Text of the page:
WASHINGTON (Gray DC) – Following record highs earlier this year, corn, soybean, and other agriculture commodity prices have recently lost steam.
While some experts predict markets will rebound, Scott Gerlt, an economist with the American Soybean Association, says it’s impossible to be certain, though he says he can look back and dig into some of the policy that’s, in part, causing the volatility.
“A few years ago, China suffered a portable outbreak of African swine fever, which took out as much as 40% of their breeding herd, maybe even more,” said Gerlt. “So there was a loss of demand for U.S soybeans. At the same time, we also had trade friction.”
After President Donald Trump issued tariffs and started a so-called trade war with China, he signed the ‘Phase 1′ trade deal. Under the deal, the Trump administration said they would ease some sanctions on China. In response, China pledged to buy 200 billion dollars in farm goods made by the U.S over a 2-year period.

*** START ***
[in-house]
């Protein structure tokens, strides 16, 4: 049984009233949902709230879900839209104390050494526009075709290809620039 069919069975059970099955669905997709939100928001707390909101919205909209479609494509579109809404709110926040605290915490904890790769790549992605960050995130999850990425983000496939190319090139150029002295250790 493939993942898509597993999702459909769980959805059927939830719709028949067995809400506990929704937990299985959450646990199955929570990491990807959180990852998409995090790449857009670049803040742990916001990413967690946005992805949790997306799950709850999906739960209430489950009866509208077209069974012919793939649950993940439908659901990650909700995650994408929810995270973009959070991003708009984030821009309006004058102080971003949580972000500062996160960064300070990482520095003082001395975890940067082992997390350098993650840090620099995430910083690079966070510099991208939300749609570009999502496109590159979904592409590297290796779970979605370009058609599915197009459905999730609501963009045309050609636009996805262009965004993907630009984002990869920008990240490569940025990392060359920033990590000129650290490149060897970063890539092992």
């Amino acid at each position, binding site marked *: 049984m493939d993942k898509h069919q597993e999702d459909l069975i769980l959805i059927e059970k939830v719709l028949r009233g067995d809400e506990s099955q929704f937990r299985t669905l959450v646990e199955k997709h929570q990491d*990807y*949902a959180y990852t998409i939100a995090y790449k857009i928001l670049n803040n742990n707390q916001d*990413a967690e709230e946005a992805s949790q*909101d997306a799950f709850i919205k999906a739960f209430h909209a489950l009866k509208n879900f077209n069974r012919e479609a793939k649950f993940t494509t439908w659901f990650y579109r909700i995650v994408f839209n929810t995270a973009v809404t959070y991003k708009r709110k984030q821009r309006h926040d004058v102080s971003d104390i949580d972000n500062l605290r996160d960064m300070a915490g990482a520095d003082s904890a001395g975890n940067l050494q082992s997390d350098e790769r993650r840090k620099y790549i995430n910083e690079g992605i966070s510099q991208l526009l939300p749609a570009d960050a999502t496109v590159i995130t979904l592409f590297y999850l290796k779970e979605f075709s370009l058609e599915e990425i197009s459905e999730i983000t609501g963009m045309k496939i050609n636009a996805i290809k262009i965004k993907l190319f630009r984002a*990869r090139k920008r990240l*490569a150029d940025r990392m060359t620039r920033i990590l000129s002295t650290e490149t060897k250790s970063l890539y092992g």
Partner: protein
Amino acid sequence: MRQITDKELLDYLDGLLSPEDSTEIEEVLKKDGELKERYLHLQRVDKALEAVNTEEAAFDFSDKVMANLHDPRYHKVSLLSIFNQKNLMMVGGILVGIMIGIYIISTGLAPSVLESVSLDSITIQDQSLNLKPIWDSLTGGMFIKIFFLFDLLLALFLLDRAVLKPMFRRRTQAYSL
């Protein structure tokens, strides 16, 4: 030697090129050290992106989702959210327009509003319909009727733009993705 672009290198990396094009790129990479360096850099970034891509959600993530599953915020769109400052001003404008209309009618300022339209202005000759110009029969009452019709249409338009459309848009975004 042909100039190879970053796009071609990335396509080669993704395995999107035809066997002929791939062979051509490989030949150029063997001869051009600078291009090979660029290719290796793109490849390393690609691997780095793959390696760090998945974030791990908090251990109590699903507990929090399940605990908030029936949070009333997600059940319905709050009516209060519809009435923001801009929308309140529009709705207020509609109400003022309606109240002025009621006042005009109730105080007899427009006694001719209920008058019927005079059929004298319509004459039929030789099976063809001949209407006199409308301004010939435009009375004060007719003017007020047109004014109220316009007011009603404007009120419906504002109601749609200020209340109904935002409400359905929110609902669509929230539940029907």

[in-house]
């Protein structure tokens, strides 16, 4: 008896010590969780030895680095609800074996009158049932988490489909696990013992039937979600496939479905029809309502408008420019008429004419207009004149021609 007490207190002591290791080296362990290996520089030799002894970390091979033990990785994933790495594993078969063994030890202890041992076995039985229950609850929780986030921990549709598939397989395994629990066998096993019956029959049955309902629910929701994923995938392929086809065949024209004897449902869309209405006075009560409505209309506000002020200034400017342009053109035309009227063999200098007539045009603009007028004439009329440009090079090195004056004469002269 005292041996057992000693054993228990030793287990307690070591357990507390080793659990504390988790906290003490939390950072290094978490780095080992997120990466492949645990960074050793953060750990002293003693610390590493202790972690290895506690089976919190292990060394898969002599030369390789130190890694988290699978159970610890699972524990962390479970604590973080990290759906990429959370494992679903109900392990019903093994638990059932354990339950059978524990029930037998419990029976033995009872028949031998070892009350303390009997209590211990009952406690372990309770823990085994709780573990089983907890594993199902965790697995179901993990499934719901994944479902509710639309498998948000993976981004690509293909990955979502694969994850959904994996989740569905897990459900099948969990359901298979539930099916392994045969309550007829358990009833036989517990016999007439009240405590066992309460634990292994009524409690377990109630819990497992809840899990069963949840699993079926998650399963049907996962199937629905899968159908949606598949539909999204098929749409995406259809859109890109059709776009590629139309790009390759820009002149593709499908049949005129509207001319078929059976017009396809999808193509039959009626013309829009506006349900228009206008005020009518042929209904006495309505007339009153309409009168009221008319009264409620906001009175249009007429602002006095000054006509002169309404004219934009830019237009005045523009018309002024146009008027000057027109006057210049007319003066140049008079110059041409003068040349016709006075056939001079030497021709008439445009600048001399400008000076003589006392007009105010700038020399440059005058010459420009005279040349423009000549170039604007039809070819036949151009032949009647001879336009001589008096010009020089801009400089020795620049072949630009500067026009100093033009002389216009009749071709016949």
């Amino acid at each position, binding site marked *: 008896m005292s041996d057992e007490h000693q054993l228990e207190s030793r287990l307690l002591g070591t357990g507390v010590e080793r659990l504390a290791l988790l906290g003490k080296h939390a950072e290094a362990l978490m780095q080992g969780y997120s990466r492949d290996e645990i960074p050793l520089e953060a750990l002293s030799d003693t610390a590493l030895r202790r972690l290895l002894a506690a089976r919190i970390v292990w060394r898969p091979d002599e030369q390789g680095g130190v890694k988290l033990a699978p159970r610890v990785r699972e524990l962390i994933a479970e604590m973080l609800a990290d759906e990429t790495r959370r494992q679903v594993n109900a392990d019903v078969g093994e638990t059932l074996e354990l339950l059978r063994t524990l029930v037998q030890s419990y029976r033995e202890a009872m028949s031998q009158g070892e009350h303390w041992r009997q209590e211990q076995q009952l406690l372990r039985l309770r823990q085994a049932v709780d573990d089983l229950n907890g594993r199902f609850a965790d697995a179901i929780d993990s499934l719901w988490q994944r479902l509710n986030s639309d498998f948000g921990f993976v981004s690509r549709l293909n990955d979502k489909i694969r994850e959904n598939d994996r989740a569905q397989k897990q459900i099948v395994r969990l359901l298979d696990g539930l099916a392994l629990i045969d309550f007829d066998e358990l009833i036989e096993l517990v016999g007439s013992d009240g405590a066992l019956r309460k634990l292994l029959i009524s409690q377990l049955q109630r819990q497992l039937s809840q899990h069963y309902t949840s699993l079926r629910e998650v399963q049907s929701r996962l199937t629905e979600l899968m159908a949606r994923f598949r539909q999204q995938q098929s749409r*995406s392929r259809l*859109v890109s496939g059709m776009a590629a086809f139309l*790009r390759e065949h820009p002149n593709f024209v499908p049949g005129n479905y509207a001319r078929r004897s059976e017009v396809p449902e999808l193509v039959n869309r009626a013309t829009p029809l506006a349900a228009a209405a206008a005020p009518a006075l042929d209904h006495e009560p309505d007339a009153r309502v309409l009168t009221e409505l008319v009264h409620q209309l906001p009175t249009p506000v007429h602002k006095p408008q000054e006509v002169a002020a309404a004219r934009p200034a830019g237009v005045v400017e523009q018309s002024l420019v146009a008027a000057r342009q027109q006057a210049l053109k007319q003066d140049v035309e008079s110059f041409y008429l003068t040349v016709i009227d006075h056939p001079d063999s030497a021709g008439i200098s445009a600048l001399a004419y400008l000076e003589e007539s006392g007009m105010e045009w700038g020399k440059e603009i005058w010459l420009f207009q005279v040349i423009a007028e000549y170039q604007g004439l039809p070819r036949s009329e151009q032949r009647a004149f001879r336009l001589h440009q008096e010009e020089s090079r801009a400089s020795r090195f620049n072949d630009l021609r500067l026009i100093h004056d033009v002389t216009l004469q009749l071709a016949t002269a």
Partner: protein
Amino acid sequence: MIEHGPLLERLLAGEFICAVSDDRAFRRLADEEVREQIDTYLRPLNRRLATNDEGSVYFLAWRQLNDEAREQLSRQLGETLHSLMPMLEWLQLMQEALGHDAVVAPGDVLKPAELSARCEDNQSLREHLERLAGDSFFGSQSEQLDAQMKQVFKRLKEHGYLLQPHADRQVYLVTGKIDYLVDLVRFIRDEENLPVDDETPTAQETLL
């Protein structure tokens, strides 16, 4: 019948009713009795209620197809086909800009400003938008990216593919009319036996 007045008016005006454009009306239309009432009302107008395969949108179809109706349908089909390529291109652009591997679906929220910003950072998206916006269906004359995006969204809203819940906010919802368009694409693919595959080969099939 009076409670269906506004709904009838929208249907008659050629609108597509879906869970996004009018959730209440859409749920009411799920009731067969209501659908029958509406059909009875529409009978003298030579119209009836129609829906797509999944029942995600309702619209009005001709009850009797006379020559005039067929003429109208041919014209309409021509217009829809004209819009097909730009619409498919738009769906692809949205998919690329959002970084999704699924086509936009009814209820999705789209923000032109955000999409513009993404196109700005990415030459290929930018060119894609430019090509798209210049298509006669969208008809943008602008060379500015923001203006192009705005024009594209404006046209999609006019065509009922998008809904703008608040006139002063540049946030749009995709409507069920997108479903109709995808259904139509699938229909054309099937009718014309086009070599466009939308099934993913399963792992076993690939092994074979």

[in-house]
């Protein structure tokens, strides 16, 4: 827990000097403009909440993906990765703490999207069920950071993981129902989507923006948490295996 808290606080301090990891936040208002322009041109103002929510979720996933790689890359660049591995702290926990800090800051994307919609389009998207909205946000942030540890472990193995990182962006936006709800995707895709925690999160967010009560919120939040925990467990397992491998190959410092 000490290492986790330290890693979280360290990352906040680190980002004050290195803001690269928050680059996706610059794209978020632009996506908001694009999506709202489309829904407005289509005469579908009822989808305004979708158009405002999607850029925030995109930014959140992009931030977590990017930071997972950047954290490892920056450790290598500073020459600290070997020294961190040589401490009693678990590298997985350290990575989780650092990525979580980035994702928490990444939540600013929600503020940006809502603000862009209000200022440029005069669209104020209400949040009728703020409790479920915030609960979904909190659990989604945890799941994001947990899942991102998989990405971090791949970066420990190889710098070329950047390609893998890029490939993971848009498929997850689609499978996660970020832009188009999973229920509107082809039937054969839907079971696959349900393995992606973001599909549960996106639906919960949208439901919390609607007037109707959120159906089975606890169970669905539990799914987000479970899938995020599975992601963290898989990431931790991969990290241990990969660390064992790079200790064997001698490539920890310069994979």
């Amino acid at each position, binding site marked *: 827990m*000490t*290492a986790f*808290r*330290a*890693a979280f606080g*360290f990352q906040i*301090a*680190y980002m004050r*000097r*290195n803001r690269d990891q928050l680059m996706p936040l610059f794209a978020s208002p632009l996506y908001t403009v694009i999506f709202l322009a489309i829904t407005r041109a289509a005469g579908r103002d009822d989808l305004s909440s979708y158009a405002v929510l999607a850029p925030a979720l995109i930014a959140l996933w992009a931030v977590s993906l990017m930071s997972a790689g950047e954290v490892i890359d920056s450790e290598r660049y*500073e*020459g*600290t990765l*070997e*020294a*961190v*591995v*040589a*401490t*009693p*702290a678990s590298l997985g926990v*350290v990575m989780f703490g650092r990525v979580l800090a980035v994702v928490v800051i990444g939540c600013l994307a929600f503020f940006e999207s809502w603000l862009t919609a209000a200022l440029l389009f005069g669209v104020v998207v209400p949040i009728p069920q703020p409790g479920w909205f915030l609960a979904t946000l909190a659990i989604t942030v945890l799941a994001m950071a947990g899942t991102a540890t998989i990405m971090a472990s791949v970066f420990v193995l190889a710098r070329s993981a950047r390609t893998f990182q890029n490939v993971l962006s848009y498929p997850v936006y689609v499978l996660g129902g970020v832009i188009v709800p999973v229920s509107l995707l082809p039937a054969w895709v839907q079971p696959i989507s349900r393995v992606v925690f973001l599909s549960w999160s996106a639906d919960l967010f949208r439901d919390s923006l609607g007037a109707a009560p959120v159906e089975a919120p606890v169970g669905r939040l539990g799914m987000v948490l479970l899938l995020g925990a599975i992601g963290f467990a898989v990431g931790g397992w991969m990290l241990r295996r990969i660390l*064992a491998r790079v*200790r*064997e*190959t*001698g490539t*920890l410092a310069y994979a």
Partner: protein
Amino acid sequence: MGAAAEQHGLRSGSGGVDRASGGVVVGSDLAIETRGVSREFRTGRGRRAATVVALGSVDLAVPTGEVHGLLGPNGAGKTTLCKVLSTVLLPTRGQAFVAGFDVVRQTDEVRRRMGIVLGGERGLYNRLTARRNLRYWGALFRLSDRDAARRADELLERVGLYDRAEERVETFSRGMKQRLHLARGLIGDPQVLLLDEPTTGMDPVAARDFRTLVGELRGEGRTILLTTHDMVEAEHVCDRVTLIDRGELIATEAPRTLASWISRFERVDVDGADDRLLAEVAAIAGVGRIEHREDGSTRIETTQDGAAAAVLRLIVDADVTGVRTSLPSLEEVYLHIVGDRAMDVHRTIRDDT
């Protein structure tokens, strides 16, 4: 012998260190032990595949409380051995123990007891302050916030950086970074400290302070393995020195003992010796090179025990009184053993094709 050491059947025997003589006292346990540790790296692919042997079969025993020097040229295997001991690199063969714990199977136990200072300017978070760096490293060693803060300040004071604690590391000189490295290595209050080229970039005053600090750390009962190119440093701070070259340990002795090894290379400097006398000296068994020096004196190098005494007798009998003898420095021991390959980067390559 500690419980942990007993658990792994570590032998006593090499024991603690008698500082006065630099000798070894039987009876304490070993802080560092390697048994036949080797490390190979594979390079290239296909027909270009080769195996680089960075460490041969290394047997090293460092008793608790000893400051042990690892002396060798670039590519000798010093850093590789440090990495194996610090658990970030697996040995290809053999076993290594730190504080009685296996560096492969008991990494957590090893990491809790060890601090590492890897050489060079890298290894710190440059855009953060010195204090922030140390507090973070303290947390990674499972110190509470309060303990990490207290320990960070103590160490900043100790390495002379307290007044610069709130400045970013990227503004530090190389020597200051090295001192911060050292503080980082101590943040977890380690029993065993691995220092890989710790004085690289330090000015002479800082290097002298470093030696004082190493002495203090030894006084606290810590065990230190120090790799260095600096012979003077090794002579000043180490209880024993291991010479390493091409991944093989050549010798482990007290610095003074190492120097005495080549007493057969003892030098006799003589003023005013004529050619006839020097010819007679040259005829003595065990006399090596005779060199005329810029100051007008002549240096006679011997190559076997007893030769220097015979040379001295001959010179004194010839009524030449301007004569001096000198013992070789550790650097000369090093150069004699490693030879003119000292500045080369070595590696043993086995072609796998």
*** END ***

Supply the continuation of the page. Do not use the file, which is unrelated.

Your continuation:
“That agreement helped open the door for China to buy U.S beans again, even if they didn’t hit the target, it provided a way for everyone to come back to the table,” said Gerlt.
President Joe Biden has publicly disagreed with Trump’s approach but has kept the tariffs in place.
Biden has also put a strong focus on renewable energy, which Gerlt says, could be beneficial to the market with a growing global demand for renewable diesel.
When it comes to commodity prices, North Dakota lawmakers say there’s more to consider.
“Now we have better prices, but we have a terrible drought in North Dakota,” said Sen. John Hoeven (R-ND). “We’re going to have to take steps to help our farmers.”
Sen. John Hoeven says he’s encouraging the United States Department of Agriculture’s Risk Management Agency to travel to North Dakota and gather input from farmers about crop insurance.
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